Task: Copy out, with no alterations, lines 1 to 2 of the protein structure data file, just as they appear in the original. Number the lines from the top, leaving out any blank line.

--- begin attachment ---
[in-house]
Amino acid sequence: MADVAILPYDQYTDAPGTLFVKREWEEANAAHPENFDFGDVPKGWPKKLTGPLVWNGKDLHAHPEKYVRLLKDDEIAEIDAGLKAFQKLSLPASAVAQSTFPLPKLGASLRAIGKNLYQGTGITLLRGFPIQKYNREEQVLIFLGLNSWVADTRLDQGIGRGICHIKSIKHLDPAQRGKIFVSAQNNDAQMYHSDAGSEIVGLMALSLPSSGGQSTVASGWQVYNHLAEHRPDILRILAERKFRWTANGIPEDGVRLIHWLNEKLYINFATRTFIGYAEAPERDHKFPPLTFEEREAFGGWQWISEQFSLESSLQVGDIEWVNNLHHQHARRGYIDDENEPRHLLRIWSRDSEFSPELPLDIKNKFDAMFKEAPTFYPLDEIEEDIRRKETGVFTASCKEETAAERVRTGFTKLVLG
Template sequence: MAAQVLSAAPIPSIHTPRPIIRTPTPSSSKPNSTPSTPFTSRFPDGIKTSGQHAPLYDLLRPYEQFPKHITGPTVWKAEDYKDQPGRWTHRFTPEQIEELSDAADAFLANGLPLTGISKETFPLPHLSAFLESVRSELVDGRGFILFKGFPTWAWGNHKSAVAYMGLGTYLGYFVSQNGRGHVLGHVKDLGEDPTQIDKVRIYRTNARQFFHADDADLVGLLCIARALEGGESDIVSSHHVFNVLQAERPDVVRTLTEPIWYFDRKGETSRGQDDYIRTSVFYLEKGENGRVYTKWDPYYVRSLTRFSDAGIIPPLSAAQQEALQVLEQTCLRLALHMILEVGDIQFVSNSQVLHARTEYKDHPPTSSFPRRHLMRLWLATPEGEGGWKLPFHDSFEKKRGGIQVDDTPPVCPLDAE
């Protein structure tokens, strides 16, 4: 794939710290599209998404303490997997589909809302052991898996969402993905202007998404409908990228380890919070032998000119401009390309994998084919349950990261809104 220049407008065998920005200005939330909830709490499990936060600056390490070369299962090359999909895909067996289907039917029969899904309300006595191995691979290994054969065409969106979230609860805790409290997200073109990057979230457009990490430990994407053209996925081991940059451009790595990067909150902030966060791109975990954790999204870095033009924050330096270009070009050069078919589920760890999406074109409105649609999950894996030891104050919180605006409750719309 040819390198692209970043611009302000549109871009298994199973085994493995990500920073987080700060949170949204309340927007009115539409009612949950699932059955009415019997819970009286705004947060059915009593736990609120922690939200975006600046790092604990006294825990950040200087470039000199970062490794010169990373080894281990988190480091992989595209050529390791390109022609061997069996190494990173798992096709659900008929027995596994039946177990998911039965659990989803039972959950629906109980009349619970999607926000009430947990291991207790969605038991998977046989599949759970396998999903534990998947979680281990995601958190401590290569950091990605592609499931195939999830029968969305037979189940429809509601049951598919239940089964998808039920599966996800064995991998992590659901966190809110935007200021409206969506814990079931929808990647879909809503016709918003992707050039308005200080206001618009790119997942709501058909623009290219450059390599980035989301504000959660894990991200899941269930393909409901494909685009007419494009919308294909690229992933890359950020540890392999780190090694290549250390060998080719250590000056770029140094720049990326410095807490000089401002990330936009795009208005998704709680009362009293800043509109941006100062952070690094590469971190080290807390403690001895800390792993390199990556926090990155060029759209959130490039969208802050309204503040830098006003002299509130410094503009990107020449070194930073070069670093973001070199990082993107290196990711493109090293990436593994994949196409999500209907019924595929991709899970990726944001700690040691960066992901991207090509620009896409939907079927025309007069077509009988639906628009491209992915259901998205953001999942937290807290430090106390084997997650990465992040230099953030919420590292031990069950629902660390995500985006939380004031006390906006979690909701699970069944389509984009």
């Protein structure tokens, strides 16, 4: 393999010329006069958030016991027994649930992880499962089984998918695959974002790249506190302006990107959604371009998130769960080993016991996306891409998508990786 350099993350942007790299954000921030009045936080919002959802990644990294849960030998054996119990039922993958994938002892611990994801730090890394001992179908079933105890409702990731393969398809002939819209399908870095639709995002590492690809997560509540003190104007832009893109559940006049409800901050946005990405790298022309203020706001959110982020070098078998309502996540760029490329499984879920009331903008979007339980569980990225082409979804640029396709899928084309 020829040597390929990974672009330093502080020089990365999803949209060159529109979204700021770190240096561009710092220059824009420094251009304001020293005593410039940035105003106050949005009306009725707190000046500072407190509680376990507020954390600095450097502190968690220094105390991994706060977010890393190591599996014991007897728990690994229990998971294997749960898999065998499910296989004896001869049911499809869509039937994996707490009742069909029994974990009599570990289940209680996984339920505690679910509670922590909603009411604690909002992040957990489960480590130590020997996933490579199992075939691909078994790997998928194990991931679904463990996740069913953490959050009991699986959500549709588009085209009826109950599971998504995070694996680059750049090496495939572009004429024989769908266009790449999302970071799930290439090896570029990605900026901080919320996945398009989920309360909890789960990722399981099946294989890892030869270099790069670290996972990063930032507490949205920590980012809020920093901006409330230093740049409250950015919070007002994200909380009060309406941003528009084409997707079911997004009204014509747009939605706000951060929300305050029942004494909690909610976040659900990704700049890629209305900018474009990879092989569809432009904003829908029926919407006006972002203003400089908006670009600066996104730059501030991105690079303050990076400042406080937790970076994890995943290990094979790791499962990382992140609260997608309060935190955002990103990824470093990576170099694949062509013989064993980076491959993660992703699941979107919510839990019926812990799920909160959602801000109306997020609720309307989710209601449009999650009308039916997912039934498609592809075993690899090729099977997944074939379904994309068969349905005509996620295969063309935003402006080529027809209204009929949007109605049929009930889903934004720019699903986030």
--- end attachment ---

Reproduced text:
[in-house]
Amino acid sequence: MADVAILPYDQYTDAPGTLFVKREWEEANAAHPENFDFGDVPKGWPKKLTGPLVWNGKDLHAHPEKYVRLLKDDEIAEIDAGLKAFQKLSLPASAVAQSTFPLPKLGASLRAIGKNLYQGTGITLLRGFPIQKYNREEQVLIFLGLNSWVADTRLDQGIGRGICHIKSIKHLDPAQRGKIFVSAQNNDAQMYHSDAGSEIVGLMALSLPSSGGQSTVASGWQVYNHLAEHRPDILRILAERKFRWTANGIPEDGVRLIHWLNEKLYINFATRTFIGYAEAPERDHKFPPLTFEEREAFGGWQWISEQFSLESSLQVGDIEWVNNLHHQHARRGYIDDENEPRHLLRIWSRDSEFSPELPLDIKNKFDAMFKEAPTFYPLDEIEEDIRRKETGVFTASCKEETAAERVRTGFTKLVLG